After confirming Tuesday it had fallen victim to hackers for the second time recently, Acer has announced a plan to open a school aimed at cultivating Taiwan's next generation of cybersecurity talent.
Although stating that time was still needed to iron out the details, Acer Chairman Jason Chen (???) told reporters Wednesday the firm had secured a license from the authorities to open the school.
The Acer chairman said the school would provide certified training, adding that Taiwan still lagged behind countries such as China, Russia, and North Korea when it came to cybersecurity.
Acer confirmed Tuesday that its systems in India and Taiwan had been breached by the same group of hackers recently, although the company did not identify the perpetrators.
Hackers from the Desorden Group claimed responsibility for the attack in an email to technology news outlet ZDNet.
Desorden told ZDNet it had stolen 60 GB of data after breaching Acer's servers, including customer, corporate and financial information.
The group explained the attack by saying: "Acer is way behind in its cybersecurity effects on protecting its data and is a global network of vulnerable servers."
In a statement posted on the Taiwan Stock Exchange Tuesday, where Acer's shares are traded, the PC vendor said it detected hacking attacks on its after-sales services systems in India and other systems in Taiwan, but added that no customer information was stolen in the latter breach.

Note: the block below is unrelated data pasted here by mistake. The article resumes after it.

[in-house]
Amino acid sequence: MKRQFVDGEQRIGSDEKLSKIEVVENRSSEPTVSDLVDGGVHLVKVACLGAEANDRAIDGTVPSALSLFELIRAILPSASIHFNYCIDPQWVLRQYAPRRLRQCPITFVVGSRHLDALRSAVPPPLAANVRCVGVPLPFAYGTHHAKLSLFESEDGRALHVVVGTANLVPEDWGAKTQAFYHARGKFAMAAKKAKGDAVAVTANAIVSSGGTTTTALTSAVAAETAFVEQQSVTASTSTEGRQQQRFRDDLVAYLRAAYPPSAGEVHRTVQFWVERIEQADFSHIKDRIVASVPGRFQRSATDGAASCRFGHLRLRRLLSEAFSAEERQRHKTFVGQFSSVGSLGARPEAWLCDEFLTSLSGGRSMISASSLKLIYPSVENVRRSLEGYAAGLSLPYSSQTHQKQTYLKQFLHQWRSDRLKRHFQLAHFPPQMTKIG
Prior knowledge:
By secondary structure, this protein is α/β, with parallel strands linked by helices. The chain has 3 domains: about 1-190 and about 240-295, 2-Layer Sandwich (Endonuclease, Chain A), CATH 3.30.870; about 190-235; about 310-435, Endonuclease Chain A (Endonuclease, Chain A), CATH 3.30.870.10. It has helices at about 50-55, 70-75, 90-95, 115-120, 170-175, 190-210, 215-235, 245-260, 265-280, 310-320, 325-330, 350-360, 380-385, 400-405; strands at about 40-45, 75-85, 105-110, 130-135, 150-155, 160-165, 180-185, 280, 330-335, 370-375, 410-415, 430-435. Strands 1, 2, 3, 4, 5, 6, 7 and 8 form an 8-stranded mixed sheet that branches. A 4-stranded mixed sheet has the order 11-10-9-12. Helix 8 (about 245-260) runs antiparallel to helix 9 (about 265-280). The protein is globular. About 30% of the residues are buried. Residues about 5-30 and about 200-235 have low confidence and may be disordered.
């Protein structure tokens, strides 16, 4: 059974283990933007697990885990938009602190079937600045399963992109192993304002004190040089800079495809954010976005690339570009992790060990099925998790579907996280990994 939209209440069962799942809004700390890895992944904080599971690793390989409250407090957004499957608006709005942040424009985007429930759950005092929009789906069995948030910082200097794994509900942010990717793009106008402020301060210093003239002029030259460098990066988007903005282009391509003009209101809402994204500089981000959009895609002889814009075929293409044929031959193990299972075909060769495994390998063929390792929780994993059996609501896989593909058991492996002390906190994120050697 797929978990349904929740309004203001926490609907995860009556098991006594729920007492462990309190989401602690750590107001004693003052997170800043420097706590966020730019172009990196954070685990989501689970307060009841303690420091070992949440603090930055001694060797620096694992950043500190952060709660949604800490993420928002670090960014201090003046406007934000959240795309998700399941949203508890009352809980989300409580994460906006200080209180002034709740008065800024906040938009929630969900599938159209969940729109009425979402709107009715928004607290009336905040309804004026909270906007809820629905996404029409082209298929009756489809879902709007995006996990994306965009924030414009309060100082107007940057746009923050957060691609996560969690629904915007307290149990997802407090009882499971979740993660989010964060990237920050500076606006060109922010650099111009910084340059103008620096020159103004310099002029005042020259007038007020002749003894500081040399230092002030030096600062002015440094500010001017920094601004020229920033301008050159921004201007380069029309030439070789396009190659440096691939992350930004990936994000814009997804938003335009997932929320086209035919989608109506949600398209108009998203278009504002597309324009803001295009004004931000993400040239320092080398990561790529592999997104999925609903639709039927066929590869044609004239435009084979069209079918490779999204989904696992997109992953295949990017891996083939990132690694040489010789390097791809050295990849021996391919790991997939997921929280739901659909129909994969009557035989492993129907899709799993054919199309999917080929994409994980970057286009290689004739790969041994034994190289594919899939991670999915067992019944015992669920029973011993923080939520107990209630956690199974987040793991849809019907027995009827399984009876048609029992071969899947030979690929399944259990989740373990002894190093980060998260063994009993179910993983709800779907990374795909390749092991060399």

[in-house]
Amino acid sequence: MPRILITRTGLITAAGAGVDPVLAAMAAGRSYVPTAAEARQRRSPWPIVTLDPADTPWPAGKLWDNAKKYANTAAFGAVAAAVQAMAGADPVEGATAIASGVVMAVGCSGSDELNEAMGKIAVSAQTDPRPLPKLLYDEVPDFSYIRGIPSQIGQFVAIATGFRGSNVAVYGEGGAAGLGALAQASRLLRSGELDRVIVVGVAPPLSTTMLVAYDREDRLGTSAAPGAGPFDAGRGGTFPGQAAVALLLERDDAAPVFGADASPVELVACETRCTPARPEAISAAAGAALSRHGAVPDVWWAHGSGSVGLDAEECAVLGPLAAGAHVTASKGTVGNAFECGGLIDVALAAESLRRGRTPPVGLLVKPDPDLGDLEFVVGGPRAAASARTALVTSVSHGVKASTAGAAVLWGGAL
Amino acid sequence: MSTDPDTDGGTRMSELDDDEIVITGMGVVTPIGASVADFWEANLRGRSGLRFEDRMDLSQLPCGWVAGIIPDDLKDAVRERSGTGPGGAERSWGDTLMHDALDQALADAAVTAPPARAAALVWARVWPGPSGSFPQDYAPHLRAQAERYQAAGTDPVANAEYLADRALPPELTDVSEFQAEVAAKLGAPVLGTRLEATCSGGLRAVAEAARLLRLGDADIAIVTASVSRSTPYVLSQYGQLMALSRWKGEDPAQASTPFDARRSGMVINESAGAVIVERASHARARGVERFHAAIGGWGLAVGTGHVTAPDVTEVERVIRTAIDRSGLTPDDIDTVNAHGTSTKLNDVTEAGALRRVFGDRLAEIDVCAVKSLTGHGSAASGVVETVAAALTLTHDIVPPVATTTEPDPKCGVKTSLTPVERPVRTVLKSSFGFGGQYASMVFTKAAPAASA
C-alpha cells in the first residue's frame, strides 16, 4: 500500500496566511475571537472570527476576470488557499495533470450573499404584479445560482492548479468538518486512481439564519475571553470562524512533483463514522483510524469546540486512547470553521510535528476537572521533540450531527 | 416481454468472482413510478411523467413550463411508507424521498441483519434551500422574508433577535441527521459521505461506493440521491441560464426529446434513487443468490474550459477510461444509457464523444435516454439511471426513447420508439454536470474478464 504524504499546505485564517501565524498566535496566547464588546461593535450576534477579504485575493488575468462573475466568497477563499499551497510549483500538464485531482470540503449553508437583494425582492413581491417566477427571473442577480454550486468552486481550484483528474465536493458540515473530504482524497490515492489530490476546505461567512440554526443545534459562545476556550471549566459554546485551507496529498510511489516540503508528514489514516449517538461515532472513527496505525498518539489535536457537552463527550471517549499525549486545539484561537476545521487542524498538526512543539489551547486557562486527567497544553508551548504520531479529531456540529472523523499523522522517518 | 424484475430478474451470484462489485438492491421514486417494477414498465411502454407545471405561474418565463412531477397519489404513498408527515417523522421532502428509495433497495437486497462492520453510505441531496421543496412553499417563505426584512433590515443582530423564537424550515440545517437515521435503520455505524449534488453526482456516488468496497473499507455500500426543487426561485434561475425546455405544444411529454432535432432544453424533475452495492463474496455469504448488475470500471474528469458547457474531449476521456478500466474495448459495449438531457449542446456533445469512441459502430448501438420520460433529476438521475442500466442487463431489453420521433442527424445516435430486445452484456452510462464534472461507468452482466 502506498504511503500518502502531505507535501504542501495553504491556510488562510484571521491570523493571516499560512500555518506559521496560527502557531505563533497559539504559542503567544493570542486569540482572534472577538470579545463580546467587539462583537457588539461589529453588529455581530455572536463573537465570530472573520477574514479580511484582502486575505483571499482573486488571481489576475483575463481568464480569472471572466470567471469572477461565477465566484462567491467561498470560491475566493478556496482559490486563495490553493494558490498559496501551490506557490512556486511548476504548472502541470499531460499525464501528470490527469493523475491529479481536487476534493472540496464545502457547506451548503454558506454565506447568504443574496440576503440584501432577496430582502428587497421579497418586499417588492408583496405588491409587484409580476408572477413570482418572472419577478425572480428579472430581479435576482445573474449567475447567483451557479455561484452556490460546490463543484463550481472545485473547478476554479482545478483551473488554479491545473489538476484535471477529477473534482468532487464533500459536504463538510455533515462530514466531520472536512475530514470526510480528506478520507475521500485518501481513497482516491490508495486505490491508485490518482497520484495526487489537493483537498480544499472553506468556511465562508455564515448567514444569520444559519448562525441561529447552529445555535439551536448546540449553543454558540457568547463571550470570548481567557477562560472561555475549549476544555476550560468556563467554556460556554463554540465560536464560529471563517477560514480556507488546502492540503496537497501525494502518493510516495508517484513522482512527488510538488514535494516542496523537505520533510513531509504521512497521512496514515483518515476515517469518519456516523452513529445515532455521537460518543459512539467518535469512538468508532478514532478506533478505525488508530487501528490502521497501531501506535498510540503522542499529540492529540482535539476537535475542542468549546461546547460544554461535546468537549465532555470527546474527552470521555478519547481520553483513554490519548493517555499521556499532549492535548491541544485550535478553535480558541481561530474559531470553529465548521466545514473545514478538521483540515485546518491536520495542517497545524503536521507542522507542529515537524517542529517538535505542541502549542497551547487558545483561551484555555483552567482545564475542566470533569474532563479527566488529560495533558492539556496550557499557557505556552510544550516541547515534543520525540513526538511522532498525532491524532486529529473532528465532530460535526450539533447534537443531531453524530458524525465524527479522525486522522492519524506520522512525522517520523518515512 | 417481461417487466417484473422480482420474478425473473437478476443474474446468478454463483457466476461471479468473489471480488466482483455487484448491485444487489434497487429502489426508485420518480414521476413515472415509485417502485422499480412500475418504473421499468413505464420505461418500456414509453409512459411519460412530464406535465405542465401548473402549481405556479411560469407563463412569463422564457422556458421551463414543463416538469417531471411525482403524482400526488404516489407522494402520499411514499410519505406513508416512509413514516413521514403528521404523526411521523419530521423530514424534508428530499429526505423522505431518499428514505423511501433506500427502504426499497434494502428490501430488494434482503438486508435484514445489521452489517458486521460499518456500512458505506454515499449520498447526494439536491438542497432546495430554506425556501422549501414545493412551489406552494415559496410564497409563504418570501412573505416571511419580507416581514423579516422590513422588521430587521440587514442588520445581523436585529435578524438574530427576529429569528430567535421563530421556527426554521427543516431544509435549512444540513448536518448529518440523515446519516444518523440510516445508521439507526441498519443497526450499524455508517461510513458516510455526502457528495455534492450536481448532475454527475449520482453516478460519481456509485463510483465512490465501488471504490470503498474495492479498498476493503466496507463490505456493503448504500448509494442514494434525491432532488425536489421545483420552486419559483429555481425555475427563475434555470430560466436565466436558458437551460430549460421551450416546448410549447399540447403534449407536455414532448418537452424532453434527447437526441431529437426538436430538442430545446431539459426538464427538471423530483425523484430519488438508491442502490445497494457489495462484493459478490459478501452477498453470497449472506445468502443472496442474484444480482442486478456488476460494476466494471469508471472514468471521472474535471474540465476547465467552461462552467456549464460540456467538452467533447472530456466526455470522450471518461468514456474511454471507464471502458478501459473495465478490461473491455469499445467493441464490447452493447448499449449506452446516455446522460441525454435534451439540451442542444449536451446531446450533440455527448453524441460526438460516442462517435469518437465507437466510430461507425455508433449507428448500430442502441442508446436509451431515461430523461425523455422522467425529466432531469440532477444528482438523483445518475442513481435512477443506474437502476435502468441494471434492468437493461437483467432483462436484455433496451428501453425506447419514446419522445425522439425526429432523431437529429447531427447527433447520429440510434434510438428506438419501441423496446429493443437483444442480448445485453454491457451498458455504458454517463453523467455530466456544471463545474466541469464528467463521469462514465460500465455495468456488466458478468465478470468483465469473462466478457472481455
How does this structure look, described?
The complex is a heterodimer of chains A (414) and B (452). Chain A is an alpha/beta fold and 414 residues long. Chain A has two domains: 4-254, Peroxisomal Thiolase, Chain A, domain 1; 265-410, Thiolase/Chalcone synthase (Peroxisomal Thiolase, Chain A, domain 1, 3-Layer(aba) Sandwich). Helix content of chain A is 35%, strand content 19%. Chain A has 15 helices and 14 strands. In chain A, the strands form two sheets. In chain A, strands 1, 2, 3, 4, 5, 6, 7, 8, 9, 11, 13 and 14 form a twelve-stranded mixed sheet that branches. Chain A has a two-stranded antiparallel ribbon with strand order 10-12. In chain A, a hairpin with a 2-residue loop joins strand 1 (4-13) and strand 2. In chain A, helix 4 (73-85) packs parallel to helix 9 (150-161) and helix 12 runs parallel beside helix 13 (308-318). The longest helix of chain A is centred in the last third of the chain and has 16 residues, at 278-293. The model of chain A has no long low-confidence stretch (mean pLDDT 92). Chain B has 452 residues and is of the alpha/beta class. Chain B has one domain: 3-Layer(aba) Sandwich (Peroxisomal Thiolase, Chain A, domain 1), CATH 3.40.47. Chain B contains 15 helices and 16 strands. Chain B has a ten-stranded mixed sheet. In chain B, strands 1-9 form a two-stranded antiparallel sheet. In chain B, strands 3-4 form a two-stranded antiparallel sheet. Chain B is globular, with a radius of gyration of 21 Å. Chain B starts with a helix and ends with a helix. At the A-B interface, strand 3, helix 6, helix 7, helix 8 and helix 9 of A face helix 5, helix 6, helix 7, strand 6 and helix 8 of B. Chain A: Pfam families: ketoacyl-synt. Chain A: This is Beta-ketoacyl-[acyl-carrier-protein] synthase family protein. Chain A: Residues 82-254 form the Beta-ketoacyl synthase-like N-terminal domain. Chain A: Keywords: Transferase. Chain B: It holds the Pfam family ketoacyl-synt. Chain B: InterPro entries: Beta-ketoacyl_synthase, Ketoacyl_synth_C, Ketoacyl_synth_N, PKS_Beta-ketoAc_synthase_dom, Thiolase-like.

Acer said the cyberattacks had been reported to law enforcement and related agencies in both Taiwan and India, but stated that its operations had not been interrupted and any material financial impact was unlikely.
Later on Wednesday, Chen said only information about Acer's local employees had been stolen in the attack on its systems in Taiwan and that no confidential business information had been taken.
Chen said the hackers in the two attacks had asked for a ransom but that Acer declined to pay it.
Instead, Chen said Acer responded to the attacks by initiating security protocols and conducting a full scan of its systems to restore the operations soon. However, he admitted there were still loopholes in Acer's cybersecurity protection.
In March, Acer was hit by the REvil hacker group, with the group announcing the breach and asking the company to pay US$50 million in ransom.
According to tech news website BleepingComputer, REvil displayed images of allegedly stolen files as proof, including Acer's financial spreadsheets, bank balances, and bank communications.
Despite ZDNet reporting that Acer had originally offered to pay REvil US$10 million, Chen said his company did not pay the ransom but responded to the incident by notifying police.
Source: Focus Taiwan News Channel